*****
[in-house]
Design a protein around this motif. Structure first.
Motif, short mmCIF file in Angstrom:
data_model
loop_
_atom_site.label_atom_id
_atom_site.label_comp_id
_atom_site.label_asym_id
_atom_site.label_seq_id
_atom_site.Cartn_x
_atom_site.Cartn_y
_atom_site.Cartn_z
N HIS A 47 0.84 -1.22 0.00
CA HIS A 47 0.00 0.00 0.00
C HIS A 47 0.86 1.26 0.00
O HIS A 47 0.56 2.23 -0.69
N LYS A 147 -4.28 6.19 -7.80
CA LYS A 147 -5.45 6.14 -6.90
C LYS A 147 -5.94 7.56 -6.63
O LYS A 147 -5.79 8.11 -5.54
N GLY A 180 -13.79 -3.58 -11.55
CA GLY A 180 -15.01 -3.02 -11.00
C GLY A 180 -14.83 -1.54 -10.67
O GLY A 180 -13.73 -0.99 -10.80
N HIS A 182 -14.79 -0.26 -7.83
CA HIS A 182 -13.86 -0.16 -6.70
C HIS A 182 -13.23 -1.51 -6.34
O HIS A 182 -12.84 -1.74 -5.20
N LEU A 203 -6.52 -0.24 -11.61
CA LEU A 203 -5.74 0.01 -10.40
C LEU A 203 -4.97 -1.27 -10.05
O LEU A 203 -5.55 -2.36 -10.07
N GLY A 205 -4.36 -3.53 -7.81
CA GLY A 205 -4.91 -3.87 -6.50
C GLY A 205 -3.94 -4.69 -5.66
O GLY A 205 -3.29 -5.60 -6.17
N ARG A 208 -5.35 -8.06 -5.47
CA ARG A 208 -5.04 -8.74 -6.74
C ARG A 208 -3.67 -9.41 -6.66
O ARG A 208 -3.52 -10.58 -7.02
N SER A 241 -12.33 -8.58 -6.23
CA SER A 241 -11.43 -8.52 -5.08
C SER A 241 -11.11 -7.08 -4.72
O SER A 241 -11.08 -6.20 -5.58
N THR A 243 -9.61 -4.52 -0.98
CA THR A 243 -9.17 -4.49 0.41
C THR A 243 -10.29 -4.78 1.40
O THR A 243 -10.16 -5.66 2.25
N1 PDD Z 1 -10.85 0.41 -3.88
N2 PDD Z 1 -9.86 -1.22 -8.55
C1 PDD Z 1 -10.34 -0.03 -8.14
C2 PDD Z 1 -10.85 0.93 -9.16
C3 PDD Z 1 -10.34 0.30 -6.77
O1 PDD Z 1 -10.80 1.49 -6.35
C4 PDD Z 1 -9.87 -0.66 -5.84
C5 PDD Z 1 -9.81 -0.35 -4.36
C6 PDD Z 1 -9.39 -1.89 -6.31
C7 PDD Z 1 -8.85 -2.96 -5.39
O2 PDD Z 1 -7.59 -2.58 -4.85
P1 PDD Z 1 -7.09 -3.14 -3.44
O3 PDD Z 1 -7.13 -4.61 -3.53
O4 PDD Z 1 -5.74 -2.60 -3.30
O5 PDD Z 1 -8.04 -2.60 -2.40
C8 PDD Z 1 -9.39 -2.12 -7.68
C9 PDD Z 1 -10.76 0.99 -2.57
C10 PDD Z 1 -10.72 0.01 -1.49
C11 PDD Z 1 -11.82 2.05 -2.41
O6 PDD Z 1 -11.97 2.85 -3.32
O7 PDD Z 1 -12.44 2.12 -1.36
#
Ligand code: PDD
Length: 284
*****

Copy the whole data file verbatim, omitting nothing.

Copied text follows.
[in-house]
Design a protein around this motif. Structure first.
Motif, short mmCIF file in Angstrom:
data_model
loop_
_atom_site.label_atom_id
_atom_site.label_comp_id
_atom_site.label_asym_id
_atom_site.label_seq_id
_atom_site.Cartn_x
_atom_site.Cartn_y
_atom_site.Cartn_z
N HIS A 47 0.84 -1.22 0.00
CA HIS A 47 0.00 0.00 0.00
C HIS A 47 0.86 1.26 0.00
O HIS A 47 0.56 2.23 -0.69
N LYS A 147 -4.28 6.19 -7.80
CA LYS A 147 -5.45 6.14 -6.90
C LYS A 147 -5.94 7.56 -6.63
O LYS A 147 -5.79 8.11 -5.54
N GLY A 180 -13.79 -3.58 -11.55
CA GLY A 180 -15.01 -3.02 -11.00
C GLY A 180 -14.83 -1.54 -10.67
O GLY A 180 -13.73 -0.99 -10.80
N HIS A 182 -14.79 -0.26 -7.83
CA HIS A 182 -13.86 -0.16 -6.70
C HIS A 182 -13.23 -1.51 -6.34
O HIS A 182 -12.84 -1.74 -5.20
N LEU A 203 -6.52 -0.24 -11.61
CA LEU A 203 -5.74 0.01 -10.40
C LEU A 203 -4.97 -1.27 -10.05
O LEU A 203 -5.55 -2.36 -10.07
N GLY A 205 -4.36 -3.53 -7.81
CA GLY A 205 -4.91 -3.87 -6.50
C GLY A 205 -3.94 -4.69 -5.66
O GLY A 205 -3.29 -5.60 -6.17
N ARG A 208 -5.35 -8.06 -5.47
CA ARG A 208 -5.04 -8.74 -6.74
C ARG A 208 -3.67 -9.41 -6.66
O ARG A 208 -3.52 -10.58 -7.02
N SER A 241 -12.33 -8.58 -6.23
CA SER A 241 -11.43 -8.52 -5.08
C SER A 241 -11.11 -7.08 -4.72
O SER A 241 -11.08 -6.20 -5.58
N THR A 243 -9.61 -4.52 -0.98
CA THR A 243 -9.17 -4.49 0.41
C THR A 243 -10.29 -4.78 1.40
O THR A 243 -10.16 -5.66 2.25
N1 PDD Z 1 -10.85 0.41 -3.88
N2 PDD Z 1 -9.86 -1.22 -8.55
C1 PDD Z 1 -10.34 -0.03 -8.14
C2 PDD Z 1 -10.85 0.93 -9.16
C3 PDD Z 1 -10.34 0.30 -6.77
O1 PDD Z 1 -10.80 1.49 -6.35
C4 PDD Z 1 -9.87 -0.66 -5.84
C5 PDD Z 1 -9.81 -0.35 -4.36
C6 PDD Z 1 -9.39 -1.89 -6.31
C7 PDD Z 1 -8.85 -2.96 -5.39
O2 PDD Z 1 -7.59 -2.58 -4.85
P1 PDD Z 1 -7.09 -3.14 -3.44
O3 PDD Z 1 -7.13 -4.61 -3.53
O4 PDD Z 1 -5.74 -2.60 -3.30
O5 PDD Z 1 -8.04 -2.60 -2.40
C8 PDD Z 1 -9.39 -2.12 -7.68
C9 PDD Z 1 -10.76 0.99 -2.57
C10 PDD Z 1 -10.72 0.01 -1.49
C11 PDD Z 1 -11.82 2.05 -2.41
O6 PDD Z 1 -11.97 2.85 -3.32
O7 PDD Z 1 -12.44 2.12 -1.36
#
Ligand code: PDD
Length: 284